Editor’s note: This is one in a series of six pieces that shows how professional sports owners in America contribute to political campaigns, why they spend millions in the space and what that financial power means as athletes across sports continue to embrace activism of their own.
DURING A RECENT weekend gathering, an NBA owner ranted to confidants about the upcoming presidential election. It was early fall, with the election between President Donald Trump and former Vice President Joe Biden still about a month away. The setting was idyllic: sunshine, the ocean, a ZIP code occupied by the affluent.
“Listen,” the owner mused, “I’m so worried about Biden’s regulations, so I’m funding as much as I can privately and confidentially to get Trump reelected. I know he’s crazy, and I hope Democrats take the House and the Senate, but then Trump can block stuff and protect us on the taxes and regulation.”
The source who was present is involved in ownership groups across leagues, and that source relayed that moment in response to a question:
Are professional sports team owners making political donations privately, in ways that not only shield their identity but shield them from backlash from their own players, staffers and fans?
The answer was a resounding yes — and it happens regularly.
“There’s no question,” the source said.
“The overwhelming majority of sports team owners are Republicans. And they are very concerned about taxes, obviously, and regulation for their businesses.”
To drive the point home, the source, who spoke on the condition of anonymity, described attending NBA board of governors meetings, where politics has become a growing topic of conversation in recent years.
This is a group of 30 power brokers whose average net worth hovers in the neighborhood of about $2 billion. Their total wealth combined is upward of $140 billion — more than the annual gross domestic product (GDP) of at least 130 countries. They’re invested in a league whose annual basketball-related income, at least as of the 2017-18 and 2018-19 seasons, is more than $7 billion annually. But because of the coronavirus pandemic, the financial future of the league is murky. (And the same is true of the various industries that helped generate these owners’ wealth.) If the adage about voting by pocketbook applies to anyone, it applies to these owners, perhaps more than ever.
How these team owners use those means has perhaps never been so scrutinized, especially with players calling for action from their team owners to push for social justice reform. The spotlight on political donations is bright; but according to the source involved with ownership groups, there’s a push to avoid it, to donate privately and confidentially.
“Those conversations,” the source said, “are happening daily.”
MORE: What motivates billionaire owners to donate to campaigns?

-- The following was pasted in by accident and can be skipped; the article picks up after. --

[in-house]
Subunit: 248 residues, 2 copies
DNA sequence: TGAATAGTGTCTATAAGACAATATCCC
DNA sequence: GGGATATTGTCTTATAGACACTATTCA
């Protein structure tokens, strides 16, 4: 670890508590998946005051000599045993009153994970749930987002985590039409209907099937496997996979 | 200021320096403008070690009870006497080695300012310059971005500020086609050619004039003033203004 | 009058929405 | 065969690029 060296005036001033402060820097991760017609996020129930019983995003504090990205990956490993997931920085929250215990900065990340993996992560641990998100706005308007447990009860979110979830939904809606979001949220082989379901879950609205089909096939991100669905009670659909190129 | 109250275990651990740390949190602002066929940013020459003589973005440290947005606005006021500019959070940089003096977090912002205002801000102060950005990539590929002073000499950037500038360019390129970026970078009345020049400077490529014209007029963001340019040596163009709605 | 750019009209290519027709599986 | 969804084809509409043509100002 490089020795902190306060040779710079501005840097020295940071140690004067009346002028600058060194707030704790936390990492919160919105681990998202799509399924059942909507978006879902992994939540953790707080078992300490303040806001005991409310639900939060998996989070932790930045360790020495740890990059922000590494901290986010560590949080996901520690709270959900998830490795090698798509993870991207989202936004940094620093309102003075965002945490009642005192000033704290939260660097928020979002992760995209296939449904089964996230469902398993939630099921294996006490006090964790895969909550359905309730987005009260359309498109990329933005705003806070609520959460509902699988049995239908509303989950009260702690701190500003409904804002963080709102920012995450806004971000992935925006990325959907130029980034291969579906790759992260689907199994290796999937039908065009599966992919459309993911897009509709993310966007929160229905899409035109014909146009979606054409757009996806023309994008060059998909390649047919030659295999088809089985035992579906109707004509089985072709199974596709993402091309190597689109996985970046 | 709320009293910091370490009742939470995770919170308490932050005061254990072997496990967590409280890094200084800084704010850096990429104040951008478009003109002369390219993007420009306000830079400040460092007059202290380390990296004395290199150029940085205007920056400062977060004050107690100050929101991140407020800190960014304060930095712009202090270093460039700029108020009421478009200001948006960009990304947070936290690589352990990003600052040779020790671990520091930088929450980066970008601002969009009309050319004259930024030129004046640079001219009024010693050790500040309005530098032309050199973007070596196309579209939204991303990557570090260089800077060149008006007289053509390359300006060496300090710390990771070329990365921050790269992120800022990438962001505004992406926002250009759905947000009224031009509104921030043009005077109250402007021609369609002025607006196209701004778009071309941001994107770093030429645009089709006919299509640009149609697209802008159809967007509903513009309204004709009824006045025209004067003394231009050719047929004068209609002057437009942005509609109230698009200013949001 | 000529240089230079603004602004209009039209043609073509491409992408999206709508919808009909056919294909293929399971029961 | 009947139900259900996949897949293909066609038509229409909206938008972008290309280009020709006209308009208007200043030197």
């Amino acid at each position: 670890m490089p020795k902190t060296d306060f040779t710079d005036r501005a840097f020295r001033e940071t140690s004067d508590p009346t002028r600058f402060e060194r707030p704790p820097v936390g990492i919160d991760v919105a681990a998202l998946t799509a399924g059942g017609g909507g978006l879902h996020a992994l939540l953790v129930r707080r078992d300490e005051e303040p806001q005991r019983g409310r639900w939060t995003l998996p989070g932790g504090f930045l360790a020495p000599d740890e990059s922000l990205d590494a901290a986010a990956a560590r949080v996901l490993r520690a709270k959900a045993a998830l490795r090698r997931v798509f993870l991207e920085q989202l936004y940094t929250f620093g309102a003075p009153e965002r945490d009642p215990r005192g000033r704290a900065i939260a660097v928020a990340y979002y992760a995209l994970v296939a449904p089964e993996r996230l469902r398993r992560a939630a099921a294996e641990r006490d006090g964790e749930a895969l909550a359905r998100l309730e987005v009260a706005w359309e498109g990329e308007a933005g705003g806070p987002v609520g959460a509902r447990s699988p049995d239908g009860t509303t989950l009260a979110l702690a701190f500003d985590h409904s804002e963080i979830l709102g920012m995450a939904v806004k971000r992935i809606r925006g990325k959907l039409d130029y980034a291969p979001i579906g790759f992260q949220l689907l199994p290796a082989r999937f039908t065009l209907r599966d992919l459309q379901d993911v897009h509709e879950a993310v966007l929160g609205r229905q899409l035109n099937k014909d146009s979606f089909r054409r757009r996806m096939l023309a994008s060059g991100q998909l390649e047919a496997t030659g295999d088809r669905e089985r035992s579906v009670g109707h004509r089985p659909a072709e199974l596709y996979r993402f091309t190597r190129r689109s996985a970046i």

ACCORDING TO ESPN’S analysis of the available Federal Election Commission campaign donation data, professional sports team owners from the NBA, NFL, NHL and MLB have publicly contributed almost $45 million in disclosed donations to federal elections since 2015. That figure spans 144 owners and commissioners among 102 teams. Ten owners haven’t made any such donations in that time frame, according to FEC data.
That is what is known.
But there is another way people can donate, and it’s far more hidden: so-called “dark money” contributions, which are typically made via nonprofit organizations. A donator — a team owner, for example — who wishes to remain anonymous, can give to a nonprofit, which makes the donation in its name rather than that of the individual.
It’s an avenue that is attractive to high-profile people who don’t wish to alienate customers — or fans and players, in the case of sports.
But like a regular citizen, a wealthy team owner cannot simply donate whatever he or she wishes. There are rules.
According to FEC guidelines, a person can give a maximum of $2,800 to a federal candidate in an election cycle — or $5,600 total, including the primary and general election. The funds must be from a personal account, and the donation must be disclosed, which means the donator’s name and the amount donated will become public.
But that’s not a lot of money in the grand scheme and, given the scrutiny such donations receive, probably not worth the exposure.
The donor could give to a super PAC — a political action committee that can make independent expenditures to support that candidate and can accept unlimited donations — but that too is publicly disclosed.
Enter dark money contributions.
People can donate funds — as much as they would like — to a 501(c)4 “social welfare organization.” That’s the IRS designation for the tax code that grants these groups nonprofit status; and unlike a candidate’s campaign and super PACs, they don’t have to disclose their donors. It is through these (c)4 groups — the parlance used by those who study campaign finance — that the majority of dark money flows.
How does it help your candidate? One example goes like this: